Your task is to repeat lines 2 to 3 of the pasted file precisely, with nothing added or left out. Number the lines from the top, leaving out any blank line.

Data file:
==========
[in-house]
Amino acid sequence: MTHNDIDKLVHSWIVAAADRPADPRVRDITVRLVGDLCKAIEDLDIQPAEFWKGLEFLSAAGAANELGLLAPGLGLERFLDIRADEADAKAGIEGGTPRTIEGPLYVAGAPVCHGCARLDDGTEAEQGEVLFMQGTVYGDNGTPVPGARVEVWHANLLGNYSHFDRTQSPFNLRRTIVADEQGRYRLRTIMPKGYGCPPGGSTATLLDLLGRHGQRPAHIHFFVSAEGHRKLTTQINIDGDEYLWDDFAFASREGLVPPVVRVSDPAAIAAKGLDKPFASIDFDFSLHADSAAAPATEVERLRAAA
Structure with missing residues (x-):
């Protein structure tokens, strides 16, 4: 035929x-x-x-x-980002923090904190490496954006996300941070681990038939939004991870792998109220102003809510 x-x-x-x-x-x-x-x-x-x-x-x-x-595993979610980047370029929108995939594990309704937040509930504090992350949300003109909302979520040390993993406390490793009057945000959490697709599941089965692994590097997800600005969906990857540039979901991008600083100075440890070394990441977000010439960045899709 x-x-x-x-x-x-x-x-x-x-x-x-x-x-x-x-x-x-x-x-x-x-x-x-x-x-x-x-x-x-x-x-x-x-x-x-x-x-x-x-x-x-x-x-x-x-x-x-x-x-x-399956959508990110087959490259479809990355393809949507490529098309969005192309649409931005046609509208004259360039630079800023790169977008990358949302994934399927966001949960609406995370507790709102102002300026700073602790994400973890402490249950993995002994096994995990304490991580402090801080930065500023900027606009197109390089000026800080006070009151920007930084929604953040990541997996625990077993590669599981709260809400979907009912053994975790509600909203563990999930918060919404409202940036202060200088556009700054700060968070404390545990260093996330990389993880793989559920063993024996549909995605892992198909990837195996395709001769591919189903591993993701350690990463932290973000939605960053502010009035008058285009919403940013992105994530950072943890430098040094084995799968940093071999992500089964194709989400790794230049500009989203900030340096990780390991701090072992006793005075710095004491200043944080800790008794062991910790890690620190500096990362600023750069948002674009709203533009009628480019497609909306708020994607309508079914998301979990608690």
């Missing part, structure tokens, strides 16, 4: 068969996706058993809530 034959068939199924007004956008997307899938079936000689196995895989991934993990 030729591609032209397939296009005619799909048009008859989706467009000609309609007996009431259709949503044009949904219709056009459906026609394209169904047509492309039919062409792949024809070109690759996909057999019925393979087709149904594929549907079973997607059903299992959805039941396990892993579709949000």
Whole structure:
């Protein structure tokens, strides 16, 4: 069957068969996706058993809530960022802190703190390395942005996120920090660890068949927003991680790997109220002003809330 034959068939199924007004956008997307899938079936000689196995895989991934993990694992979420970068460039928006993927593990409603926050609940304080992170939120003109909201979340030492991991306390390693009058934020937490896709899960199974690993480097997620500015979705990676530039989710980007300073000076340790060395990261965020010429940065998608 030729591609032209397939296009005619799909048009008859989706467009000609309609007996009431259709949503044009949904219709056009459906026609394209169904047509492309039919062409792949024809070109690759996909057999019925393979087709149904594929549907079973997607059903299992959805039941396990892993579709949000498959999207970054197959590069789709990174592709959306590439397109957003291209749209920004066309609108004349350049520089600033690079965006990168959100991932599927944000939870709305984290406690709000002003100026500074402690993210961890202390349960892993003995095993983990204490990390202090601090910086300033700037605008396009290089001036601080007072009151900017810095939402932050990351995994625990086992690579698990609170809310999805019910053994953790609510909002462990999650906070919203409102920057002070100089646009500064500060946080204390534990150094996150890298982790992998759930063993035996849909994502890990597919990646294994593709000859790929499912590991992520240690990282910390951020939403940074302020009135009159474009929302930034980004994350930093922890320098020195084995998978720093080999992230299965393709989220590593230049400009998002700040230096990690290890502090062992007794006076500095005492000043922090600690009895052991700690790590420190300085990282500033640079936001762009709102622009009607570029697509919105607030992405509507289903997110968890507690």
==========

Amino acid sequence: MTHNDIDKLVHSWIVAAADRPADPRVRDITVRLVGDLCKAIEDLDIQPAEFWKGLEFLSAAGAANELGLLAPGLGLERFLDIRADEADAKAGIEGGTPRTIEGPLYVAGAPVCHGCARLDDGTEAEQGEVLFMQGTVYGDNGTPVPGARVEVWHANLLGNYSHFDRTQSPFNLRRTIVADEQGRYRLRTIMPKGYGCPPGGSTATLLDLLGRHGQRPAHIHFFVSAEGHRKLTTQINIDGDEYLWDDFAFASREGLVPPVVRVSDPAAIAAKGLDKPFASIDFDFSLHADSAAAPATEVERLRAAA
Structure with missing residues (x-):